David Jones:

Megan Stoyles writes: Re. “DJs ticks all the boxes in action on McInnes scandal” (yesterday, item 3). Mark McInnes’ behaviour  to and with women has been described  by his supporters as “flirty”.

This is a word which has usually been used to describe women’s behaviour; in men “pants man” or sleazy are the more common, and accurate descriptors. The use of flirty in the McInnes’ case has been used along with the more normal male response of “misreading  her responses/signals”, and both seek to diminish the strength and reality of his action.

What  should be blindingly obvious is that he was a powerful man relating inappropriately to a younger female employee, and from the background stories, she was one of many who had to choose between two options: yielding and getting something out of it (historically this has ranged from marriage, to a Louis Vuitton handbag, or being sacked or discarded); or refusing and facing an uncertain future ( historically ranging from dismissal, legal fights and a loss of privacy, life and future prospects … at best).

Whatever the details, please leave flirting to women, and describe accurately what men like this have done: sexual harassment and improper use of power in the workplace.

Arley Moulton writes: Adam Schwab is in my opinion the best writer in your office. That said his gushing comments of the DJ’s board and McInnes almost made me physically ill. How would he like it if it was his wife who got abused at work and not some 25 year old publicist, would he still be in support of the $1.5M termination payment? Would Mr McInnes still be a semi-decent guy?

It’s not fair, and in fact quite dangerous, to take an arm’s length view to sexual harassment. I learnt that little trick (imagining it’s your sister/mum/or any other close female you’re abusing/getting abused and not a random female at a night club) at football when I was younger.

It was used to make young men think about whether they’d still support it or allow it to happen. It’s  stuck with me to this day. I think it applies in this instance.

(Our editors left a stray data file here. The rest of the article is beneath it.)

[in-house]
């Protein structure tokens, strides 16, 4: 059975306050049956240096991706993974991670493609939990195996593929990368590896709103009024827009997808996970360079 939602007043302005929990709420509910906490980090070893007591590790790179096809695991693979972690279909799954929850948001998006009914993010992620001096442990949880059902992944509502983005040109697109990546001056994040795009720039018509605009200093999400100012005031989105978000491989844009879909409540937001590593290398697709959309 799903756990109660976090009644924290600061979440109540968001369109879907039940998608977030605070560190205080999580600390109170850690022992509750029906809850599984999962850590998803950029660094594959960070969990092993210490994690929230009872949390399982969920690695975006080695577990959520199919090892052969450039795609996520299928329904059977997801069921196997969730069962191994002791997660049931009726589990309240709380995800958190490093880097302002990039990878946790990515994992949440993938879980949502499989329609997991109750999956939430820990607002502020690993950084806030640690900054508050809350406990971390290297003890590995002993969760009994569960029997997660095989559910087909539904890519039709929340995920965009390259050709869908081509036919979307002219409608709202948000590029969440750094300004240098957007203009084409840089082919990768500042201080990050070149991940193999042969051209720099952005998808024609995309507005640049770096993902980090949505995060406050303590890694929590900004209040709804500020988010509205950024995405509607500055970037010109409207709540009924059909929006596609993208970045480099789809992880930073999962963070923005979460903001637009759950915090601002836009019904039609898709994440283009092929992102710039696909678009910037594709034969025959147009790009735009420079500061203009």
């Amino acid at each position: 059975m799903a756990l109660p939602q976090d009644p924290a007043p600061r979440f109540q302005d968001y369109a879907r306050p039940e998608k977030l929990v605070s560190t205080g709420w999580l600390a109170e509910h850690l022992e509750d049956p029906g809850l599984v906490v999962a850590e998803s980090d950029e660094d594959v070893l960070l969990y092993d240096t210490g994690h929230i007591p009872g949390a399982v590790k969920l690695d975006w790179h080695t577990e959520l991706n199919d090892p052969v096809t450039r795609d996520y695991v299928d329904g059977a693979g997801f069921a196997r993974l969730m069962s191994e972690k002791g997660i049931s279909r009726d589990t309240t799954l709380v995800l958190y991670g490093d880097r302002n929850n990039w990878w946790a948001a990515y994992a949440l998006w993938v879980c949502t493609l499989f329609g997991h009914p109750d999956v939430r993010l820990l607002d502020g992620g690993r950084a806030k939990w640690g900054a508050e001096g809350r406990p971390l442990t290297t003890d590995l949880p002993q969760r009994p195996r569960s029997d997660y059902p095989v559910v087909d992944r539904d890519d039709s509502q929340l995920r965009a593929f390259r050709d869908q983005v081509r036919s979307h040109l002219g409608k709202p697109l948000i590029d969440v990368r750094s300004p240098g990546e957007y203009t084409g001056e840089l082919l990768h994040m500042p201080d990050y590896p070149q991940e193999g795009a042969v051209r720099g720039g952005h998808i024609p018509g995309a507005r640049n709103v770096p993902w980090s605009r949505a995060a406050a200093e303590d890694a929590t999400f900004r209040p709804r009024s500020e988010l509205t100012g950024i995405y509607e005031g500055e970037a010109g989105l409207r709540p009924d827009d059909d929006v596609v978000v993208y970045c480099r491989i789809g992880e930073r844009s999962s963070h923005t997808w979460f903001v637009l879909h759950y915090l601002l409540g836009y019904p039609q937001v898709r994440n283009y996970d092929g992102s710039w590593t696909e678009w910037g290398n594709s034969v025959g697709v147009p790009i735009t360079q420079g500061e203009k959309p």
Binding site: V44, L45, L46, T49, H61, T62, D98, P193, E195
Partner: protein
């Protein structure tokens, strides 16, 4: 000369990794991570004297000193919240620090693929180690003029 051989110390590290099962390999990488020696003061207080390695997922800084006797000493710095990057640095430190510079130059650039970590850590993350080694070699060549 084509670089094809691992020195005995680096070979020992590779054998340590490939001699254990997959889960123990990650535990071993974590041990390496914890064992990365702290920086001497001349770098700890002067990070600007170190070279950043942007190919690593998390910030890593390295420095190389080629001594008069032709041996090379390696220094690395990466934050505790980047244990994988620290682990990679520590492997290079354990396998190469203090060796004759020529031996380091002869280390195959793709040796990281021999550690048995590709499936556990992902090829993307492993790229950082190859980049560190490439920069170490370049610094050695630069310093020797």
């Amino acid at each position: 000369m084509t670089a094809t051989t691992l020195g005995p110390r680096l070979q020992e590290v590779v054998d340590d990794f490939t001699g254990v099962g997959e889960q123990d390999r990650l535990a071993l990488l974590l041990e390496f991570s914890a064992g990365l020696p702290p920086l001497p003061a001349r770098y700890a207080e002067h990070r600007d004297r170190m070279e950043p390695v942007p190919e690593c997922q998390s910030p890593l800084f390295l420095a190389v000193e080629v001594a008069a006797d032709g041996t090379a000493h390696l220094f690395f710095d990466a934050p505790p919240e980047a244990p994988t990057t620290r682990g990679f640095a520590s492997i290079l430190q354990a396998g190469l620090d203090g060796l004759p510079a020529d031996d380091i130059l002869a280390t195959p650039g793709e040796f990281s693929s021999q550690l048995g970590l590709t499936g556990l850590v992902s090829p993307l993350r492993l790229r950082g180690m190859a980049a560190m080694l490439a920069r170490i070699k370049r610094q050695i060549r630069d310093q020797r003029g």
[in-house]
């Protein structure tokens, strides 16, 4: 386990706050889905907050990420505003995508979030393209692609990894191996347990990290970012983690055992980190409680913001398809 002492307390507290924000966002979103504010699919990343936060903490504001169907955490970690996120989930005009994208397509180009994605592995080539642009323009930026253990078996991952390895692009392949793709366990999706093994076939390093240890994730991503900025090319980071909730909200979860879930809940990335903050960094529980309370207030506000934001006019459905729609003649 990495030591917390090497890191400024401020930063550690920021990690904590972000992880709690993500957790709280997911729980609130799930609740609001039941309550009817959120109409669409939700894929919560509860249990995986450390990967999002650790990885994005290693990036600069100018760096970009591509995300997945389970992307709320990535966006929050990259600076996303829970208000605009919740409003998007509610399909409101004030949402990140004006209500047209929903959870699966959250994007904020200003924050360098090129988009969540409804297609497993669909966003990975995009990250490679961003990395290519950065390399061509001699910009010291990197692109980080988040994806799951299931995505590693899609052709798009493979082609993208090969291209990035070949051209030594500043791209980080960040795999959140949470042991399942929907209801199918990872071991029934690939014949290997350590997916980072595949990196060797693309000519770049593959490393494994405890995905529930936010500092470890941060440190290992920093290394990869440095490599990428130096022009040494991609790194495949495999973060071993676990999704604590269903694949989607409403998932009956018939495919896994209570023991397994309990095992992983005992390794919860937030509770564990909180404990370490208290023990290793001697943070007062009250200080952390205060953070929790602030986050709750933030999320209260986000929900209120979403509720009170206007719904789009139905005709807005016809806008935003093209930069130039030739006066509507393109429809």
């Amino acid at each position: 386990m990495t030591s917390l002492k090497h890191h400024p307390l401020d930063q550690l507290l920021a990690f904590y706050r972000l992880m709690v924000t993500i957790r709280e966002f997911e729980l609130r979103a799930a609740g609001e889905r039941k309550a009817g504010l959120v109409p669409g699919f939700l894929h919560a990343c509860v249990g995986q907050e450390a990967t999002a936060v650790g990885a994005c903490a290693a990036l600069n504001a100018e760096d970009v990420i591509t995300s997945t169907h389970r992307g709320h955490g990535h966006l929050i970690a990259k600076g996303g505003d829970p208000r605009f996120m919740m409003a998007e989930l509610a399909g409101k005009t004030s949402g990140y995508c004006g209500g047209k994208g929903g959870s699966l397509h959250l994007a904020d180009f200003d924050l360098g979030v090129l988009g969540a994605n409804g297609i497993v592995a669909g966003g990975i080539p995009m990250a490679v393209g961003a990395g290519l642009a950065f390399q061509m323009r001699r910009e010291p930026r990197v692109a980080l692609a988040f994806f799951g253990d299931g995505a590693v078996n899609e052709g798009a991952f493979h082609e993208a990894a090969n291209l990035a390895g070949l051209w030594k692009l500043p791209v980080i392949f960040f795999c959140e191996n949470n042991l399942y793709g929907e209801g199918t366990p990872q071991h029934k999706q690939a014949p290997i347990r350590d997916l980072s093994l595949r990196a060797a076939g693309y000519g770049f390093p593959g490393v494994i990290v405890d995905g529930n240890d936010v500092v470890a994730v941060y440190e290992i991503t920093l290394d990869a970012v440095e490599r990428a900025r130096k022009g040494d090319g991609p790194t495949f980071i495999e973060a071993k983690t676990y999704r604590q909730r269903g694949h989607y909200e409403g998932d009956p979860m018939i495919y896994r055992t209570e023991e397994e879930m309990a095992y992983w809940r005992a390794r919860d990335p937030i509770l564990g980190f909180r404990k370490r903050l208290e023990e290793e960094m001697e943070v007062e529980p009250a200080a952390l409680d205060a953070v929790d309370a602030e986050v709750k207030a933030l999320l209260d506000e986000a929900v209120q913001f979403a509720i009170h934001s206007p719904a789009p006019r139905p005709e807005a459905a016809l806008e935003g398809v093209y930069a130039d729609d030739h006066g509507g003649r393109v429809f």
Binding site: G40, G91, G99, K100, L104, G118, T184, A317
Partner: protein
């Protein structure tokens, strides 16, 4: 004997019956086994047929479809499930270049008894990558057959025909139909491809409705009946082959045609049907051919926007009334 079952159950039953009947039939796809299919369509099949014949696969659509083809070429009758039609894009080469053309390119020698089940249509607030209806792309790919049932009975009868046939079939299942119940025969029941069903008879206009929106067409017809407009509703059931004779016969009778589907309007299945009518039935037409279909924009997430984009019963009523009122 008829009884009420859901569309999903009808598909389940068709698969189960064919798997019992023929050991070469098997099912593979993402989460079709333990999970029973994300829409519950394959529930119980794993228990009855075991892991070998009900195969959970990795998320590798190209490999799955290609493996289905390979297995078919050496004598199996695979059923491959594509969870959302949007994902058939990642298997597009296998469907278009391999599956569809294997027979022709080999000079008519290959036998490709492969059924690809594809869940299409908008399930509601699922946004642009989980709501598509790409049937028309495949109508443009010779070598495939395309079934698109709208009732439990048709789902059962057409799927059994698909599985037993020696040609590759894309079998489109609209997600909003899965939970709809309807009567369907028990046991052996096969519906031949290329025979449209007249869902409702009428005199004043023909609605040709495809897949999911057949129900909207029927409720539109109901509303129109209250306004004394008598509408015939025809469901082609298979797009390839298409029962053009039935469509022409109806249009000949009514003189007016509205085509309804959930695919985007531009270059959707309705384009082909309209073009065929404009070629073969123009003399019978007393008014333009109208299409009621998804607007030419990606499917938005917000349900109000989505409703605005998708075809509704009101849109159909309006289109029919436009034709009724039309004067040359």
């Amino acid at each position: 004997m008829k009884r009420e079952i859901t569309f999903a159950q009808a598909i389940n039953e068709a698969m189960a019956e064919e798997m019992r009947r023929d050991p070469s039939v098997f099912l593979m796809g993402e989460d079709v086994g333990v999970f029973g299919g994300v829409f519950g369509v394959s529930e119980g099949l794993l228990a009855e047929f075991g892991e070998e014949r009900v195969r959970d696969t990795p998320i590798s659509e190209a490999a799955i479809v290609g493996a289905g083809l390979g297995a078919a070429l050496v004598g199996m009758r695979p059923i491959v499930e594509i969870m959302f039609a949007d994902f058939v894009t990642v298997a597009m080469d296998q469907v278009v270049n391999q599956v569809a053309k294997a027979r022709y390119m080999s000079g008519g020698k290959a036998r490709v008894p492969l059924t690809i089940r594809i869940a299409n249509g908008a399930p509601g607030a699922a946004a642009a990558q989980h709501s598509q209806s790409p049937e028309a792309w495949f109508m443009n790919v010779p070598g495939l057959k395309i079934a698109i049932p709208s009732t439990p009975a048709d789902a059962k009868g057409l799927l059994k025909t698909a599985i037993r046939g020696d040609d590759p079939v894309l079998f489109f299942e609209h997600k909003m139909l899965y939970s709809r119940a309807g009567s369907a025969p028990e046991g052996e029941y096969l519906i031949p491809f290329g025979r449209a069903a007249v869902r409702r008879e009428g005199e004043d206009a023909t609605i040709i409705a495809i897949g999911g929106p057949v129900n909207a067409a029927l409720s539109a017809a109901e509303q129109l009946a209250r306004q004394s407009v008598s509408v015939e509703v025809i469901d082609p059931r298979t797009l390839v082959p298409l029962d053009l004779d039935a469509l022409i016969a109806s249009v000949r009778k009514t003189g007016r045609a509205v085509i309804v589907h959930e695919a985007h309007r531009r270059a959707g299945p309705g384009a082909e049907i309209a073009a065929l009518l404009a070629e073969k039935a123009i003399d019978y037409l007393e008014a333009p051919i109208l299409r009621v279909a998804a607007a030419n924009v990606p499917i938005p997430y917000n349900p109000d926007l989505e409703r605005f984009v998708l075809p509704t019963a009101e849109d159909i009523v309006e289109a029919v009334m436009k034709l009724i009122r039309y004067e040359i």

Aviation in Africa:

Lonely Planet founder Tony Wheeler writes: Re. “Crikey Clarifier: the danger of aviation in Africa” (yesterday, item 17). I flew out of Yaounde in Cameroon in 2005 — heading slightly more south-east than the lost mining company aircraft (I was flying to Bayanga in the Central African Republic). I remember thinking “we worry about deforestation but I cannot see anything but trees to the horizon in every direction.” It stayed that way for a long time.

100622_Yaounde-Bayanga flight 02

Young Liberals:

Denise Marcos writes: Re. “Alex Hawke slams party rivals over Young Lib fracas” (yesterday, item 12). Once upon a time it was de rigueur for any self-respecting Young Liberal never to be caught, dead or alive, inside an electorate office.

Young Liberals were then engrossed in a giddy round of champagne brunches, progressive dinners, tennis parties, weekends at country properties and formal balls. Whenever they referred to “the party” it bore no relation to politics — it was next Saturday night’s shindig.

How do I know this? It would be imprudent to answer without my solicitor being present.


Chris Harrison writes: Re. “Read all about it in the Capital Post: newspapers are fine, OK?” (Friday, item2). I found Andrew Crook use of the archaic word “wayzgoose” very strange. First, why did he use it at all?

If you click on the hyperlink, you will find a very detailed and accurate explanation of the word. It doesn’t mean anything in the context of Crook’s article. I suppose its relationship to printing might explain the reason Crook misused it. Other than that I can only think that he learnt of wayzgoose, fancied it and dropped it into an article as soon as he thought it might fit. It doesn’t.

Was the hyperlink inserted to embarrass him? In future, stick to simple, straightforward words as all good journalists do, Andrew, and stop showing off your knowledge of archaic 17th century words.

First Dog on the Moon:

Tom Gutteridge writes: Re. “First Dog on the Moon” (yesterday, item 7). It was a really bad day — in the news, on the roads, on TV — and I was feeling depressed and pessimistic.

I started reading Crikey and it only got worse — cynical political views and more evidence of the inexorable stupidity of humanity — but then I came to First Dog on the Moon.

By the time Kevin Rudd’s cat had demanded that his dog “stop trying to suppress my freedom of speech” and the ABC’s interpretive dance bandicoot had performed “Voting” the gloom had lifted and my heart sang.

I am smiling now. Thank you.

Peter Fray

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